The Uncanny X-Men (NES, 1989)
In his New X-Men run back in the mid '00s, Grant Morrison introduced the character of Quintin Quire, a troublemaking student at Xavier's School for the Gifted. It was a clever and natural (and long overdue, really) way of injecting some teenage rebellious youth to the otherwise staid student body; though later writers never did anything interesting with the character, it at least gave us this fun little panel that evolved into a clever little meme/t-shirt:
It would be easy to imagine the sort of blackmail and extortion that LJN (which was later sold to the equally shoddy Acclaim) surely used to get the Marvel license; but the truth is, despite record-breaking comic sales in the early '90s, the rest of Marvel wasn't doing so hot, in the midst of changing ownership, poor public stocks, and more that eventually led to bankruptcy in 1996. And apparently protecting the value of a brand wasn't so important; so who cares if LJN and Acclaim took a dump on the license, so long as they sold well?
You already know how terrible this game is. Every time a new X-Men game is released, and lazy game sites do their tired "best and worst" X-Men games, this one tops the list (of the latter, duh). It goes beyond that - much like Superman for Nintendo 64, this game is not only considered the worst of its license - it's not just considered one of the worst comic book games ever - it's also considered one of the worst games ever made, regardless of license. And yeah, it really is that bad.
The first and perhaps only notable thing the game offers is that you can choose two X-Men and swap out any time, your off-character being AI-controlled. You'll then notice how terrible this game looks. No really - bland, often monochromatic environments that look haphazard, cluttered, and difficult to parse. To make it worse, they're woefully inconsistent - like, say, Silver Surfer, but worse - because some tiles are passable, and identical tiles are not. Character models appear to be palette-swapped versions of the same sprite. I could recognize about half the villains even though I was aware they were all ripped from the cartoon pilot; but in all honesty, they look better than the X-Men. The rest of the enemies - which respawn infinitely, I might add - are mostly mechanical-looking blobs and caterpillars. Really, though, sprites are the same kind of abstraction that was used in Atari games - unacceptable, even for an NES game released in 1989.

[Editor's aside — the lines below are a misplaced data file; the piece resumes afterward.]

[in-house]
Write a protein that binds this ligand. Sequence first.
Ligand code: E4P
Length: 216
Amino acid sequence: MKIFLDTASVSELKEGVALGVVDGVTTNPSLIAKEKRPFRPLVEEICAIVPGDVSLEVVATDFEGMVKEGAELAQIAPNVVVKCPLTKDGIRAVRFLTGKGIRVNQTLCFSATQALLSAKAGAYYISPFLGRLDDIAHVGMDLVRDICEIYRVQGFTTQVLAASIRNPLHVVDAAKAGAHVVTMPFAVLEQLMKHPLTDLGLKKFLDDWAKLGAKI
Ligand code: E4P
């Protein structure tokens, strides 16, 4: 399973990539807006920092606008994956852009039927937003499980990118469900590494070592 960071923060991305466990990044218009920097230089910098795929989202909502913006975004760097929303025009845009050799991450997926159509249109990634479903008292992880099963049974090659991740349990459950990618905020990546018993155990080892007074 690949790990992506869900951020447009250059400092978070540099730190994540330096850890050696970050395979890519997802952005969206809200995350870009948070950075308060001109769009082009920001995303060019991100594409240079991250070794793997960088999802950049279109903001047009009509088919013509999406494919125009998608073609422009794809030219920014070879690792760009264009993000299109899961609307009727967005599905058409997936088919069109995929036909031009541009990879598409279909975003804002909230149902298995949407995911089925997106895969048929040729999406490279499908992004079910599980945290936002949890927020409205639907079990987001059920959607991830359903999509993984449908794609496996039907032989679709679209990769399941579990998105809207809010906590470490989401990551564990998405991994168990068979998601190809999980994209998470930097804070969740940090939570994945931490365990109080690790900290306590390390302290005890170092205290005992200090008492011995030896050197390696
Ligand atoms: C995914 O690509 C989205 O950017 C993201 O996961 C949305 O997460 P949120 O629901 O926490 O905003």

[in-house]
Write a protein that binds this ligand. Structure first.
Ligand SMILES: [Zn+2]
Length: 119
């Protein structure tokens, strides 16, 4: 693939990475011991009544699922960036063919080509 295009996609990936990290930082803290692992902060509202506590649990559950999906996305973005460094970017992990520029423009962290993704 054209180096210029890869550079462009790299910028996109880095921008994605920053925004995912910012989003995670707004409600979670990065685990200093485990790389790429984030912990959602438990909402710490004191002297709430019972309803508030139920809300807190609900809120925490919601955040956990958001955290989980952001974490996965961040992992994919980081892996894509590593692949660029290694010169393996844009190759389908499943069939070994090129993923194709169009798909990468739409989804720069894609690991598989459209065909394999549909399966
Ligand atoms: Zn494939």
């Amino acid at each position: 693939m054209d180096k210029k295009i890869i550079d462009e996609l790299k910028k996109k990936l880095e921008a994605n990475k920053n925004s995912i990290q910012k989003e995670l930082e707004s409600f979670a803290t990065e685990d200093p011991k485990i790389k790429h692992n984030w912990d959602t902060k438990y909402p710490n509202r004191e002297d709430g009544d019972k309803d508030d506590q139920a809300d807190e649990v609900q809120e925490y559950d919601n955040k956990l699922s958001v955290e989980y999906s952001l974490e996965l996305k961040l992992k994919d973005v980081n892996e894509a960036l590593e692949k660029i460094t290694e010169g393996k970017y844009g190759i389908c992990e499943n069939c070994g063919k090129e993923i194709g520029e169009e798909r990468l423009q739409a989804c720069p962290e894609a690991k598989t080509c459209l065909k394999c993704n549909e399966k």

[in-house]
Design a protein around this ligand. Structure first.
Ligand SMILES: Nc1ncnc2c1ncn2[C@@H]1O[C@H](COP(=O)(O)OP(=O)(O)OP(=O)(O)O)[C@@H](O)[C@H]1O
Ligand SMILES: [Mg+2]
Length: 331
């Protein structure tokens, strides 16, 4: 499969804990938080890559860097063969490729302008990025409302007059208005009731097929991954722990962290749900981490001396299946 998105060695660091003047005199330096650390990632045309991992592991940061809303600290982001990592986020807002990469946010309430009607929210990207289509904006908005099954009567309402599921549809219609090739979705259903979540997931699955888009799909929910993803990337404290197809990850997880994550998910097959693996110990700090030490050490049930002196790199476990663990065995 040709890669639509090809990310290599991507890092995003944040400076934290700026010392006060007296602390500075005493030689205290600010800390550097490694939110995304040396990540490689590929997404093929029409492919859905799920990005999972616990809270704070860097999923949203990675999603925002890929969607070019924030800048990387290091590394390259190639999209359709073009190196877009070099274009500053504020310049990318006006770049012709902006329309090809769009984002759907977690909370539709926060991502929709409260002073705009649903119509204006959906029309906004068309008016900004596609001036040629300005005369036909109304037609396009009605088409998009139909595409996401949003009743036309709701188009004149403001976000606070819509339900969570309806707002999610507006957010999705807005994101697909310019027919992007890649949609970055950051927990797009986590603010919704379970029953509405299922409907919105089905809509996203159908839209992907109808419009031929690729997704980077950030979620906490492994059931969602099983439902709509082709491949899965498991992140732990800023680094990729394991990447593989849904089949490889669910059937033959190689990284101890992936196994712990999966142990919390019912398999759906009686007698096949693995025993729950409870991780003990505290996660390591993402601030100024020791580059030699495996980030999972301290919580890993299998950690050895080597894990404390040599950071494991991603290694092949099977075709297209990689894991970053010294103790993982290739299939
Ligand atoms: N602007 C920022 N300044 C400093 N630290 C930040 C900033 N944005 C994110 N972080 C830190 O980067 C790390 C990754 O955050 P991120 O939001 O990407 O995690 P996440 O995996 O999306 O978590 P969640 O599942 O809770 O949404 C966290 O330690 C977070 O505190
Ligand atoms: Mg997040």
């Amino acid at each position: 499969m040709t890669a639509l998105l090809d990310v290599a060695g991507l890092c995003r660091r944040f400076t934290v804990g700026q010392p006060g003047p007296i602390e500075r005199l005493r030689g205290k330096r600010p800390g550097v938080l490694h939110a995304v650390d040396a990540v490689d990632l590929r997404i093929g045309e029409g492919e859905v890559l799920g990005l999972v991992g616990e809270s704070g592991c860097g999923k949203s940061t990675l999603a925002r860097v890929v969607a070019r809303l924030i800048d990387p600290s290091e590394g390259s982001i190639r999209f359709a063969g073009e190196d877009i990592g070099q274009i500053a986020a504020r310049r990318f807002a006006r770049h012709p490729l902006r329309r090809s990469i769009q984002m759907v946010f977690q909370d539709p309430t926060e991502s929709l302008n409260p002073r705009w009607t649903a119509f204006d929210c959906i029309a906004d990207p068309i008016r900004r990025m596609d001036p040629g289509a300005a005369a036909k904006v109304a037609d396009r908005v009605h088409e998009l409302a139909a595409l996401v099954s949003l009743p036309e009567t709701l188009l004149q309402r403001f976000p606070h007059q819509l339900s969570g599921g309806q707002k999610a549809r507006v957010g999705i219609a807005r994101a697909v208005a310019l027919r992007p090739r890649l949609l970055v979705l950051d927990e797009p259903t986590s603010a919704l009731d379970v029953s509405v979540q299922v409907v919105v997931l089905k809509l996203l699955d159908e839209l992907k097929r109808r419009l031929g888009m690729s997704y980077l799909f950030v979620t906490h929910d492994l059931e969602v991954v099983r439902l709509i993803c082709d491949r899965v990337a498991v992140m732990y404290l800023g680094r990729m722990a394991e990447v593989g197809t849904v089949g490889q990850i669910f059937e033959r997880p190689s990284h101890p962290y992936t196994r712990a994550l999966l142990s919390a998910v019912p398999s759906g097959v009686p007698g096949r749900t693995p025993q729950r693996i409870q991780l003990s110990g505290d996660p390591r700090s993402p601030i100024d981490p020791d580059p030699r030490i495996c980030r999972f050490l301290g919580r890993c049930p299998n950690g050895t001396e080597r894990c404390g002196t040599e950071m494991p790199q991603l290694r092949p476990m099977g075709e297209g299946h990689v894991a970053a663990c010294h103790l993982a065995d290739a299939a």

IT IS TEMPTING IN THE ONE PLAYER GAME TO ELIMINATE ONE OF YOUR OWN MEN SO THAT YOU CAN CONCENTRATE ON THE MISSION AT HAND. DON'T DO IT!Even they're aware of how terrible the AI is - no, not terrible, but a burden, an albatross, an obstacle in the way of progression. But the fact is, you actually need to eliminate one of them. In one particular level, after defeating the boss, new impassable barriers will form on your way out. Only Nightcrawler can go through them (this drains his health, I might add). If you picked other characters - SOL, pal. Your partner cannot progress, even if you take direct control; I actually had to turn off the cheat so I could kill Cyclops off, in order to progress with Nightcrawler alone.
Wait for it - it gets worse. Cheats or no cheats, if you somehow have the constitution and patience to play through the four selectable levels, the game will take you right back to the bland level select screen. How to proceed from here? Ah! There's a secret, final level. The game gives nearly no clue as how to access it, except on the cart label itself (which, naturally, is embedded deep in your console at the time...):
Take a closer look (bottom right):
All screenshots are my own. Box art is from GameFAQs, while cart label is courtesy of Moby Games.